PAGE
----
Alec Gale had a great summer. With the economic engine in the country not powering, his entrepreneurship is helping to propel the Island’s oldest industry; Mr. Gale helped a number of Menemsha-based commercial fishermen make a living this summer.

He did it by creating a sort of bridge across the water, connecting Island fishermen to markets on the mainland. Mr. Gale made trips in his boat from the Menemsha dock to Woods Hole carrying the fishermen’s catch of the day. On the last day of his season, Wednesday, Mr. Gale said he had averaged around 4,000 pounds of fish a day.

Fishermen would rather fish than go hunting for buyers, and Martha’s Vineyard doesn’t have enough of an appetite to eat 4,000 pounds of fish a day. To keep the fishing industry viable, there needed to be a reliable way to get fish to the mainland stores.

Mr. Gale didn’t fish; he simply provided the reliable transportation and stuck to a schedule. Though it may sound simple, that is no small task.

Going into the summer his biggest product was striped bass. Locally caught striped bass are highly prized fish on the mainland, even more marketable when it comes from the Vineyard fresh. The striped bass was caught by rod and reel commercial anglers.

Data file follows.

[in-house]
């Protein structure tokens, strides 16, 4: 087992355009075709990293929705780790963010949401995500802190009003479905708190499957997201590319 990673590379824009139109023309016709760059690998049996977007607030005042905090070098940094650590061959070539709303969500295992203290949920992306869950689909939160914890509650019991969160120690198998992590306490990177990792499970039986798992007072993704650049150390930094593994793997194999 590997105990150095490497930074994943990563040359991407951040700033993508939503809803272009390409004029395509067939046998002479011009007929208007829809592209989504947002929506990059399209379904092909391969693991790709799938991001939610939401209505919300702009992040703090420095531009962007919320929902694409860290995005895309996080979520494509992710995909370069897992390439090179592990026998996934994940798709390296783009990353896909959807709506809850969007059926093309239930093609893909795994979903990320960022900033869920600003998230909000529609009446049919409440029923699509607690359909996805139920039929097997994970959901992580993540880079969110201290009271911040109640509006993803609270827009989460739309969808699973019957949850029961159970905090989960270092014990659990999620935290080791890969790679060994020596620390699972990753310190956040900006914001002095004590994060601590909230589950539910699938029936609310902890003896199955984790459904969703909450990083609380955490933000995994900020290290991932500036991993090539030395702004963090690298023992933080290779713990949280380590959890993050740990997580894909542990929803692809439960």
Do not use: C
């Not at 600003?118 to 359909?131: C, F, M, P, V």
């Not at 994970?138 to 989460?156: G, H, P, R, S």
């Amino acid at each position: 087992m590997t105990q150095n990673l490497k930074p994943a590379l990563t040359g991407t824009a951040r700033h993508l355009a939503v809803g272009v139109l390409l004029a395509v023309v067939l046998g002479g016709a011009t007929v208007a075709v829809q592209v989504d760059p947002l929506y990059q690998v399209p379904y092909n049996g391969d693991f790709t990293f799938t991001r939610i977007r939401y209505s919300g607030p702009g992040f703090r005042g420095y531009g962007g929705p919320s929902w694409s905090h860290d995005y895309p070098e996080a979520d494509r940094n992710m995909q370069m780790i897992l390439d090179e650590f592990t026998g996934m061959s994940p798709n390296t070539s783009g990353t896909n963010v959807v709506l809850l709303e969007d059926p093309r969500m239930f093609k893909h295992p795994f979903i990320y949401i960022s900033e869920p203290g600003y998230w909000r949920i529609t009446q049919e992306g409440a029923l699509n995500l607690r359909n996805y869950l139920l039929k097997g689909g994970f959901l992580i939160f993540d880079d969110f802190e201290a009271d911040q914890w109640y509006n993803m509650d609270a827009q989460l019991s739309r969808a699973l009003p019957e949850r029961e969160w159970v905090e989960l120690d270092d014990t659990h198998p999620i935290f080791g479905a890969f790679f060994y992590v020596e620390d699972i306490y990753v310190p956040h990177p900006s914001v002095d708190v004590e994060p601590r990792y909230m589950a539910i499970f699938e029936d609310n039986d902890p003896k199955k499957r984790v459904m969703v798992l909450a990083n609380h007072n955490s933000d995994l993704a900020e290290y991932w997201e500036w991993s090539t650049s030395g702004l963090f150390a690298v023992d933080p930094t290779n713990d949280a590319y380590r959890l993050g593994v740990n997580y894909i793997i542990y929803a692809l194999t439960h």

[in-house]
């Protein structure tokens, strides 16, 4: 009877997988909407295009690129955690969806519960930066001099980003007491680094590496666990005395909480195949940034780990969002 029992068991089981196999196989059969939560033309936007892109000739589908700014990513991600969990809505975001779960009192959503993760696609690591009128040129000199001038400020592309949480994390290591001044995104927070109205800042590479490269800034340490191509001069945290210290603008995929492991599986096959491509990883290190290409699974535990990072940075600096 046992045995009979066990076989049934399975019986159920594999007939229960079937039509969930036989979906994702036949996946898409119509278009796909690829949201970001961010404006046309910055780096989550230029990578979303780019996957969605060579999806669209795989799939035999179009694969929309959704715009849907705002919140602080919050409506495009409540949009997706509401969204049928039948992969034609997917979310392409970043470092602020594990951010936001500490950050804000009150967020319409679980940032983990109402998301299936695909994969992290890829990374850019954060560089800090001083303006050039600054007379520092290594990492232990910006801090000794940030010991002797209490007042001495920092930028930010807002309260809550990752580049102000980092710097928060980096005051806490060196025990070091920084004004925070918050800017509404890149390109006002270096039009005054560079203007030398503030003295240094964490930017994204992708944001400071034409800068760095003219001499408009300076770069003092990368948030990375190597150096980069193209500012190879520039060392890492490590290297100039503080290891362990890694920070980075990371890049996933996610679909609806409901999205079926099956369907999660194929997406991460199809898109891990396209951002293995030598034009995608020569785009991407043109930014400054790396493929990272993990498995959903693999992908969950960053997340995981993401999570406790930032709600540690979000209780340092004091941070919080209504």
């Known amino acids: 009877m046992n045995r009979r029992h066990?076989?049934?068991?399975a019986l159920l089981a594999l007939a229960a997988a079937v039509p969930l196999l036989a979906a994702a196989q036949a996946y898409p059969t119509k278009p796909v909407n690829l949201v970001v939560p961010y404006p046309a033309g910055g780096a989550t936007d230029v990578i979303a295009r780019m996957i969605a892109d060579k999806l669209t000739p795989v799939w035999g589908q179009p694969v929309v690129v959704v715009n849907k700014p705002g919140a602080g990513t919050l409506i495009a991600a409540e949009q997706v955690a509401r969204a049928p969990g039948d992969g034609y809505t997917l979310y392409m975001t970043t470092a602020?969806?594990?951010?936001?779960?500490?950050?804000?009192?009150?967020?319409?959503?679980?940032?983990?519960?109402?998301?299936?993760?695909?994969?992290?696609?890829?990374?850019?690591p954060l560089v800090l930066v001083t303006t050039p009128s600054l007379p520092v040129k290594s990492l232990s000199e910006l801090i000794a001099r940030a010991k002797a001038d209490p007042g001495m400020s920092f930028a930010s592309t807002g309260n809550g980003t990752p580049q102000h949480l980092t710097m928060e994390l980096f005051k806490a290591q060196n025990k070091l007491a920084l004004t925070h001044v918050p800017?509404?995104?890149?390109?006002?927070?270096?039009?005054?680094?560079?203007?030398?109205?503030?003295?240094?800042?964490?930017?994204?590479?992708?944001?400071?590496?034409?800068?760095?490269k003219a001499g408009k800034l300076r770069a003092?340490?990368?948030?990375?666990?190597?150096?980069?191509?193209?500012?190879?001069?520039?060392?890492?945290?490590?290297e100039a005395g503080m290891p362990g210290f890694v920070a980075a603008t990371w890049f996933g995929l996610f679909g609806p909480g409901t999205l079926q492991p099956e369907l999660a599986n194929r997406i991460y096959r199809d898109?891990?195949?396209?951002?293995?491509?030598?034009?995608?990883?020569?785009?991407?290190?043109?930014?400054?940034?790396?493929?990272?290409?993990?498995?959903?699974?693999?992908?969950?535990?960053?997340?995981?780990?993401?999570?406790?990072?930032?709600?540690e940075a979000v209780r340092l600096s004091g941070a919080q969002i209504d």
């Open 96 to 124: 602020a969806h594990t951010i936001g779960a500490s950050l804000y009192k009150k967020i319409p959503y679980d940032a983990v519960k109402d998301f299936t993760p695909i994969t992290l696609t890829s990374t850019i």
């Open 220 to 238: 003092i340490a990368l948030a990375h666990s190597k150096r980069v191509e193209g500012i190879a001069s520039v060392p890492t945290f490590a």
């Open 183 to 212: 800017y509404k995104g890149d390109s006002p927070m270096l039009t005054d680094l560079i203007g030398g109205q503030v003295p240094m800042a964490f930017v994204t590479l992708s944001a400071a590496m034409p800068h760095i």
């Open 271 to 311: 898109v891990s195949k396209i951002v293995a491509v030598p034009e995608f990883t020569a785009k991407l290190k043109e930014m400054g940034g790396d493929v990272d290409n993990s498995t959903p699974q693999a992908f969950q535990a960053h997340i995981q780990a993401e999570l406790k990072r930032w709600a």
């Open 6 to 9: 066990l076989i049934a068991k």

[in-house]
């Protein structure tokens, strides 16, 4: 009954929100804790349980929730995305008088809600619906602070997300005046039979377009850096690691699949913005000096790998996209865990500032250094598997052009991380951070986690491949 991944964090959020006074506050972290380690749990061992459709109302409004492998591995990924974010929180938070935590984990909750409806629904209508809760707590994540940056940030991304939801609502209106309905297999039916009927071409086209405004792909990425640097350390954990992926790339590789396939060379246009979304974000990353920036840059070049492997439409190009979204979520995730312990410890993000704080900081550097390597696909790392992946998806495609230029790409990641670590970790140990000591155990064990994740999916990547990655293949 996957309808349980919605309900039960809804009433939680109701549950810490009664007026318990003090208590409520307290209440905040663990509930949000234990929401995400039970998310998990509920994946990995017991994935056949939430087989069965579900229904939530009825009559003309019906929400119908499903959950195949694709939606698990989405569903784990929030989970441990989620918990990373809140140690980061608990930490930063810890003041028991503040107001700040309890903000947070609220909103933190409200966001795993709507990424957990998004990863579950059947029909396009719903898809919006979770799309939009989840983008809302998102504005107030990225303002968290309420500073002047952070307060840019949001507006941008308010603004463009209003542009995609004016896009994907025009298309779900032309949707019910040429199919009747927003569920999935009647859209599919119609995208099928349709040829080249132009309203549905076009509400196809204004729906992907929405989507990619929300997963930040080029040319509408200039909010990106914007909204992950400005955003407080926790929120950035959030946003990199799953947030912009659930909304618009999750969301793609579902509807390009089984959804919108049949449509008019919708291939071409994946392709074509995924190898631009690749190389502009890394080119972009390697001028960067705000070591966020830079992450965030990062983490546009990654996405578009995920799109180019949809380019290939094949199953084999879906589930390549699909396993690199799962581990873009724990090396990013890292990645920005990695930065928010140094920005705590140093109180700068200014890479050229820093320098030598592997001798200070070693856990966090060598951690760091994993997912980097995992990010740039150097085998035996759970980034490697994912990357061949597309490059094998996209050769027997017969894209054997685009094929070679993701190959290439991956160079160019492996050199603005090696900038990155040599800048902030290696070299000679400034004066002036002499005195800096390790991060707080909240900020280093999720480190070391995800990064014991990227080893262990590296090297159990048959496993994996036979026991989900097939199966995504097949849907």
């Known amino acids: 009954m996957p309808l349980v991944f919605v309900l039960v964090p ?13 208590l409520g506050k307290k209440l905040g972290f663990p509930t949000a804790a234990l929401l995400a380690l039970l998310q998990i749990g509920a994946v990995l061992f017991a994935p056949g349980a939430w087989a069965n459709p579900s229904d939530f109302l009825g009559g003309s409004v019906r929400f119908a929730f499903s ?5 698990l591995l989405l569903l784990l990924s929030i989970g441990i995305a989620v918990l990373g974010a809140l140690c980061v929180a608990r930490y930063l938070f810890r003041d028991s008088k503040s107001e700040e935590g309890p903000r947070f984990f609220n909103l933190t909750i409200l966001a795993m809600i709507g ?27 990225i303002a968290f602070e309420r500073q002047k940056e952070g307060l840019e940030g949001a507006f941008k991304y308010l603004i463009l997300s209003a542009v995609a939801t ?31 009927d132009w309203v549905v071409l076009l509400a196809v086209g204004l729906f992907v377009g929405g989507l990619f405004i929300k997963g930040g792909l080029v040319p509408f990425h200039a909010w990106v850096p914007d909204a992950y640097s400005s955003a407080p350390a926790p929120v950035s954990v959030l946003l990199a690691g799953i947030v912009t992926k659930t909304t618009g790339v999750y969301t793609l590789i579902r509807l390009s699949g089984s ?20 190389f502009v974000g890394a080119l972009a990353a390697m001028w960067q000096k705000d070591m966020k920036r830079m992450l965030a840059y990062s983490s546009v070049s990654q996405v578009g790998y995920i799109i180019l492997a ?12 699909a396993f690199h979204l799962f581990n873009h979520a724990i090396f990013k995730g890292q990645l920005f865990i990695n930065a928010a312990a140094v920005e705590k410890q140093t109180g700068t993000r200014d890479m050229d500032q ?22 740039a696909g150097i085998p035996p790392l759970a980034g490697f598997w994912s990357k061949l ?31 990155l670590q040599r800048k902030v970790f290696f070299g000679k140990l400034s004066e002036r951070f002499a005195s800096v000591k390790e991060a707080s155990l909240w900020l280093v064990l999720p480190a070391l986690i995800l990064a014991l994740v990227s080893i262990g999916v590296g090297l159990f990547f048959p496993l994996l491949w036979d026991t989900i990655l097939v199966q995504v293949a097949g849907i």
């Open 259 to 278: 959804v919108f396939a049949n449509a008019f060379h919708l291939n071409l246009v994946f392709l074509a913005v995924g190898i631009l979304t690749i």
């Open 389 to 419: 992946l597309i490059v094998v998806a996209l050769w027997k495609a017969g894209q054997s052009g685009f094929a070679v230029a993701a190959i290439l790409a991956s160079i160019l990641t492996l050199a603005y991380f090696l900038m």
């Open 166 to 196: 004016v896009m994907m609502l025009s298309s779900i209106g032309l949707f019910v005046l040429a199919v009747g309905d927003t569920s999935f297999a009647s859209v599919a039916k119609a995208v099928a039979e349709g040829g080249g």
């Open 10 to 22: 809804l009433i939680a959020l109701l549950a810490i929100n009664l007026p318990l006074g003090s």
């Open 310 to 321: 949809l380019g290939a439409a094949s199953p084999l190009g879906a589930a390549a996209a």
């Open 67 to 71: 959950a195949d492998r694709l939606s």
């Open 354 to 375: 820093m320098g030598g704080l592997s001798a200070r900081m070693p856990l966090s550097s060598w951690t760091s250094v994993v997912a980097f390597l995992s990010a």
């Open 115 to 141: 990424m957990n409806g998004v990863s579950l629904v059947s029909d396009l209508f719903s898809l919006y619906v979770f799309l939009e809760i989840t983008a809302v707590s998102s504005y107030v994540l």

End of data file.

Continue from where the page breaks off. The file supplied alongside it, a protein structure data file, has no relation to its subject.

Mr. Gale said he got into helping the Menemsha fluke fishing fleet, too. At the height of the season he said he was helping 12 draggers at one time.

Mr. Gale has the right boat for the task, a Bruno Stillman 55. The boat is named Jane Lee. “She is named for my sister and my grandmother,” Mr. Gale said. “I bought her last winter. The boat had been a shrimper,” he said. It once had fished out of South Carolina.

Mr. Gale said the boat was perfect for the summer, better than one he used previously, called the Deborah Lee. Jane Lee had a lot more space for fish in the hold. To make the heavy work a little easier, he also added a hydraulic crane that came off a truck.

“She is also a much more rugged boat,” he said. During the summer he handled plenty of locally caught fish, including sea bass, scup and monkfish. “I got a lot of squid from the Mayhews,” Mr. Gale said. The summer work load was made easier with the help of Vinnie Iacono, a high school student. “We were hard on him,” Mr. Gale said with a smile. “He helped me a lot.”

The commercial season for striped bass ended on Tuesday. Mr. Gale made his last trip of the season on Wednesday. “It was my best summer yet, by far,” Mr. Gale said.

His attention now shifts inland. What is he going to do now? “I am a stonewall mason,” Mr. Gale said.